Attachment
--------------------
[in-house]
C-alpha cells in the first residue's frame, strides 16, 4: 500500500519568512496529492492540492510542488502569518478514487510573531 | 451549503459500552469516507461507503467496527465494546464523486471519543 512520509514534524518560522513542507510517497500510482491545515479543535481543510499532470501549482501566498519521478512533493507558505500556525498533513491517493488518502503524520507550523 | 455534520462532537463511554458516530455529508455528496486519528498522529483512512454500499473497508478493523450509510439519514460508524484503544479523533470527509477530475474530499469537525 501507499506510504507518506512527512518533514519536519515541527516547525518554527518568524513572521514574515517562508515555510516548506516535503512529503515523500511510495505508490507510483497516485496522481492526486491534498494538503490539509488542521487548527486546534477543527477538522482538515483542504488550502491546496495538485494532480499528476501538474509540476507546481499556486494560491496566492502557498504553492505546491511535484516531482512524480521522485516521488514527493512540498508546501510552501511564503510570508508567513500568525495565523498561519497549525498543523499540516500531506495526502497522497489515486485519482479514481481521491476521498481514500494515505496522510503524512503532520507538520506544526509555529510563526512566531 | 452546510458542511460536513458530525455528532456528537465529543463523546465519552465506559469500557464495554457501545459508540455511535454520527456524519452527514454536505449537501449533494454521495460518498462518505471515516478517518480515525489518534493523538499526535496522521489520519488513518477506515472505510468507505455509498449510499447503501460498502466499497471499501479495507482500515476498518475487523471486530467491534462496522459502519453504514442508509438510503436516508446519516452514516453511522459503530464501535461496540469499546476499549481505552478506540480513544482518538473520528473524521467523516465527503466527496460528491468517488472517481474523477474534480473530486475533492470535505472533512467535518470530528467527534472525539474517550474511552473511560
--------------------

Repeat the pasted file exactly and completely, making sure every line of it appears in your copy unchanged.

[in-house]
C-alpha cells in the first residue's frame, strides 16, 4: 500500500519568512496529492492540492510542488502569518478514487510573531 | 451549503459500552469516507461507503467496527465494546464523486471519543 512520509514534524518560522513542507510517497500510482491545515479543535481543510499532470501549482501566498519521478512533493507558505500556525498533513491517493488518502503524520507550523 | 455534520462532537463511554458516530455529508455528496486519528498522529483512512454500499473497508478493523450509510439519514460508524484503544479523533470527509477530475474530499469537525 501507499506510504507518506512527512518533514519536519515541527516547525518554527518568524513572521514574515517562508515555510516548506516535503512529503515523500511510495505508490507510483497516485496522481492526486491534498494538503490539509488542521487548527486546534477543527477538522482538515483542504488550502491546496495538485494532480499528476501538474509540476507546481499556486494560491496566492502557498504553492505546491511535484516531482512524480521522485516521488514527493512540498508546501510552501511564503510570508508567513500568525495565523498561519497549525498543523499540516500531506495526502497522497489515486485519482479514481481521491476521498481514500494515505496522510503524512503532520507538520506544526509555529510563526512566531 | 452546510458542511460536513458530525455528532456528537465529543463523546465519552465506559469500557464495554457501545459508540455511535454520527456524519452527514454536505449537501449533494454521495460518498462518505471515516478517518480515525489518534493523538499526535496522521489520519488513518477506515472505510468507505455509498449510499447503501460498502466499497471499501479495507482500515476498518475487523471486530467491534462496522459502519453504514442508509438510503436516508446519516452514516453511522459503530464501535461496540469499546476499549481505552478506540480513544482518538473520528473524521467523516465527503466527496460528491468517488472517481474523477474534480473530486475533492470535505472533512467535518470530528467527534472525539474517550474511552473511560